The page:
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I have an older app I need to access, which will not get past the initial installation screen with the message, "software is not supported on a 64-bit operating system. Please install on a 32-bit machine." (I am using W10 Pro x64.)

Is there any hack I can do to see if I can at least get the installer to complete? I could put a Win XP VM on my PC, but I would rather not have to do that.

marked as duplicate by DavidPostill windows Feb 1 '17 at 21:26

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  • have you tried launching the installer in winxp compatibility mode? – konqui Feb 1 '17 at 20:08
  • @konqui yes - that didn't help at all. – Conrad Feb 1 '17 at 20:10
  • maybe you find an answer in this already existing thread superuser.com/questions/961171/… – konqui Feb 1 '17 at 20:14
  • Some installers use Zip compression without encryption. Try opening the installer in 7-Zip and extracting the files to a folder, other than those beginning '$', which are installer directives. The application may work from that folder, though some functionality may be lost, e.g. context-menu integration in Explorer. This works better with EXE rather than with MSI installers. – DrMoishe Pippik Feb 1 '17 at 20:24

There are 2 possibilities here:

  1. The installer is 16-bit, but the application is actually 32-bit. In this case manually unpacking the installer might give you the ability to run the application RAW (directly from the unpacked files without a proper install). It is also possible that inside that unpacked installer there is a normal 32-bit setup.exe. In that case just run that to install the application.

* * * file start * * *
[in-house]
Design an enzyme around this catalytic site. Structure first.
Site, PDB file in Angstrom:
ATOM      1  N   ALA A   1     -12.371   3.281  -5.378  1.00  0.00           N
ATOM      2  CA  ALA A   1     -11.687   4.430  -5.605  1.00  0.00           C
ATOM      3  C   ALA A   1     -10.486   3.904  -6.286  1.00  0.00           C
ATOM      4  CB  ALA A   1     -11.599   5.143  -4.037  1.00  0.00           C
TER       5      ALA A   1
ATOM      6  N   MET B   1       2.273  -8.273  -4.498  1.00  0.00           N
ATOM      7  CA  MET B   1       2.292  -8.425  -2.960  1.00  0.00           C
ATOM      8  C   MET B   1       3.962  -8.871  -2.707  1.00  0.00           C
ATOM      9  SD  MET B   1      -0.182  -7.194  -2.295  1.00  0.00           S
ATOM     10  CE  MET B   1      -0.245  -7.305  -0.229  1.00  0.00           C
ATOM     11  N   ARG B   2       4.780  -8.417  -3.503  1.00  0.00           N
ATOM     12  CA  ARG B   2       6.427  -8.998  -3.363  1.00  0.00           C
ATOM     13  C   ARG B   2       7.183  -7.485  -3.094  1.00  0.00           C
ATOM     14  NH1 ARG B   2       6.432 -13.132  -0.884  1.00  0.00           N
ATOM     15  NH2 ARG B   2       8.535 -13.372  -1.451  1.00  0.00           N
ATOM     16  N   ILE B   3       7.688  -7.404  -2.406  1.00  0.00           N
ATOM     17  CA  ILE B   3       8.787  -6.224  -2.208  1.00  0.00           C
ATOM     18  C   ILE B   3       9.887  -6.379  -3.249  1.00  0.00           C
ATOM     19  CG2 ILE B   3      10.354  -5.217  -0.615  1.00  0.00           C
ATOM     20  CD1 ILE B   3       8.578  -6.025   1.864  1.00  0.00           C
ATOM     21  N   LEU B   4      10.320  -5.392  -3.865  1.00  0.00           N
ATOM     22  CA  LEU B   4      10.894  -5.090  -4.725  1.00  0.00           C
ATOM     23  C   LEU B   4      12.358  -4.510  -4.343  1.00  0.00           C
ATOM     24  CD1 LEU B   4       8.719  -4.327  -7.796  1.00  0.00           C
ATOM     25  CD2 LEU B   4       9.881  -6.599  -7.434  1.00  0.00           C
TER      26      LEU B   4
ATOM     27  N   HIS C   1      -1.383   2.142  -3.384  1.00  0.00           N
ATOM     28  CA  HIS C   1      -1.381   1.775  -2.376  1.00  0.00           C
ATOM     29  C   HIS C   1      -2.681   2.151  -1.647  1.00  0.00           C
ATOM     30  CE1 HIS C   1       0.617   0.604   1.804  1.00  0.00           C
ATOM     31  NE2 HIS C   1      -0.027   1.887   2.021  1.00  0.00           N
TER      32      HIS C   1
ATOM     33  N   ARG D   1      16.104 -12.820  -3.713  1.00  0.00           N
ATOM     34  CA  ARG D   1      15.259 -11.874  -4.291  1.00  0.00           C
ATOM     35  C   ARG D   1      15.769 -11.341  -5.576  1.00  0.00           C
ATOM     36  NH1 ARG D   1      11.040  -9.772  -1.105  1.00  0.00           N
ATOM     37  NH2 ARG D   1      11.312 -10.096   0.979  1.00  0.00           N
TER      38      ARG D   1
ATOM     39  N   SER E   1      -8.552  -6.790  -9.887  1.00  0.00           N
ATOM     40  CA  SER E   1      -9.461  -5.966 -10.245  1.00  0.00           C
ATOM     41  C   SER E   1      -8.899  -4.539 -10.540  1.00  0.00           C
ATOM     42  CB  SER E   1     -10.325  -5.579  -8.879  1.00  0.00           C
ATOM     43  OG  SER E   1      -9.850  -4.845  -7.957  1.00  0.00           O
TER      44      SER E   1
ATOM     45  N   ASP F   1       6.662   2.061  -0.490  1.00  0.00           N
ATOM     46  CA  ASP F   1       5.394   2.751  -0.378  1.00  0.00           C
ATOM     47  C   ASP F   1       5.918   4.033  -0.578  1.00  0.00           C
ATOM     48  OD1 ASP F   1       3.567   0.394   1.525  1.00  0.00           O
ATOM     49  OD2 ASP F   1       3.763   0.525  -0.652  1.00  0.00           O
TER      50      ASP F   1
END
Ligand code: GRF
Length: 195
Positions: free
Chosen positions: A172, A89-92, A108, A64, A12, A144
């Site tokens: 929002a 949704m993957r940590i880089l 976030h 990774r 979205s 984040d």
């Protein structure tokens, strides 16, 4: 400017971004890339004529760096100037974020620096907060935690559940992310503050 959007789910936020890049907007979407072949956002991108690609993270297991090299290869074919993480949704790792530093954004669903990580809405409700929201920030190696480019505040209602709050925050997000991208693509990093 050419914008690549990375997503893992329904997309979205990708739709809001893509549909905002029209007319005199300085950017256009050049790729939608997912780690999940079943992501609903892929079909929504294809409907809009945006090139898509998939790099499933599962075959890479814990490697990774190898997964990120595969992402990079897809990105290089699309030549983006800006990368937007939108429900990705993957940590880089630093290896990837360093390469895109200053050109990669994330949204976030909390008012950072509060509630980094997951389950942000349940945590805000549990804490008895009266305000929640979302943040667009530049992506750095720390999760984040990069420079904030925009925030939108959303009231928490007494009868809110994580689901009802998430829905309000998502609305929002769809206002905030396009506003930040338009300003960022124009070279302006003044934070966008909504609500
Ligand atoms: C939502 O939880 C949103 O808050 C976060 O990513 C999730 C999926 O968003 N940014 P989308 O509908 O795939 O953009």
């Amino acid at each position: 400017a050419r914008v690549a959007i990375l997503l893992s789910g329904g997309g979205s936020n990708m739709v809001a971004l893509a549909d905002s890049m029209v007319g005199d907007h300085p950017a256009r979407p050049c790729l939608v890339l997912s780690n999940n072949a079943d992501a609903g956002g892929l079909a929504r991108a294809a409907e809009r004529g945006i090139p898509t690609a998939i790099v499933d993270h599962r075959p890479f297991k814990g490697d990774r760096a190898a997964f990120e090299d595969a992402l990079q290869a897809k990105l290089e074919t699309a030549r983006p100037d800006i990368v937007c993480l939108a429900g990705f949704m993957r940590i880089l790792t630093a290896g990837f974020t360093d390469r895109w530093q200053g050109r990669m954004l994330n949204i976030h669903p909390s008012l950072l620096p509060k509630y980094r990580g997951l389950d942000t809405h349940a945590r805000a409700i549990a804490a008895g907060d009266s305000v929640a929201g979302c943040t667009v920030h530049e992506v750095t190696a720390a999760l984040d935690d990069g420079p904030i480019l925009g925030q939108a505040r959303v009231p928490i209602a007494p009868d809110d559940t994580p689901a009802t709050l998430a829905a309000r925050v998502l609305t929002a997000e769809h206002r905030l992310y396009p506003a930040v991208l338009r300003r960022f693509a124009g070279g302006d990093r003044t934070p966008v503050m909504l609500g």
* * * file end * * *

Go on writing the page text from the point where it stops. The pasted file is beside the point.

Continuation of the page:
In either case you may need to fiddle with the compatibility settings (set to XP) to get it to work.
  2. The whole application is 16-bit: In that case you MUST use a 32-bit VM machine. I wouldn't bother with XP-mode as that is often a problem in itself to get it to work. You have W10 Pro so you have Hyper-V available. I would just create a Hyper-V VM with 32-bit Windows 7. You can still keep that current with WindowsUpdate.
    This is what we do at the office with a bunch of old CAD-CAM applications that we still occasionally need to convert an old CAD drawing to a newer format. (Actually those CAD apps are 32-bit (with 16-bit installer), but it isn't possible to get them to work properly via method 1.)
  • Ended up using a W7 32-bit OS in Hyper-V - works well. – Conrad Feb 15 '17 at 16:07

You did not specify the software, but one possible workaround is to bypass the installer by installing the software on 32-bit machine and then copying installed files to your 64-bit system and creating necessary registry entries manually. (You can sniff them by Process Monitor during the installation. See comment below for helper PowerShell scripts.)

This could be very labor-intensive way for complex applications, but on the other way, there are many applications which use the installer simply for copying the files, creating Start Menu items, writing few registry entries (if any) and nearly nothing else. In such cases, you could easily succeed.

Another thing is whether the application would be able to work properly in 64-bit environment. You can try with compatibility settings and you might or might not succeed. But you asked for a workaround so here it is.

Another attempt to open the installer package manually (in many cases it is either executable ZIP file or Windows Installer package) and extract its content. MSI installers and some EXE installers can be unpacked this way although you will basically get the same file set which you get on 32-bit machine, so no big deal here. But in many cases such an extraction is possible.

Related links: Unpacking MSI package and Opening self-extracting EXE archive.

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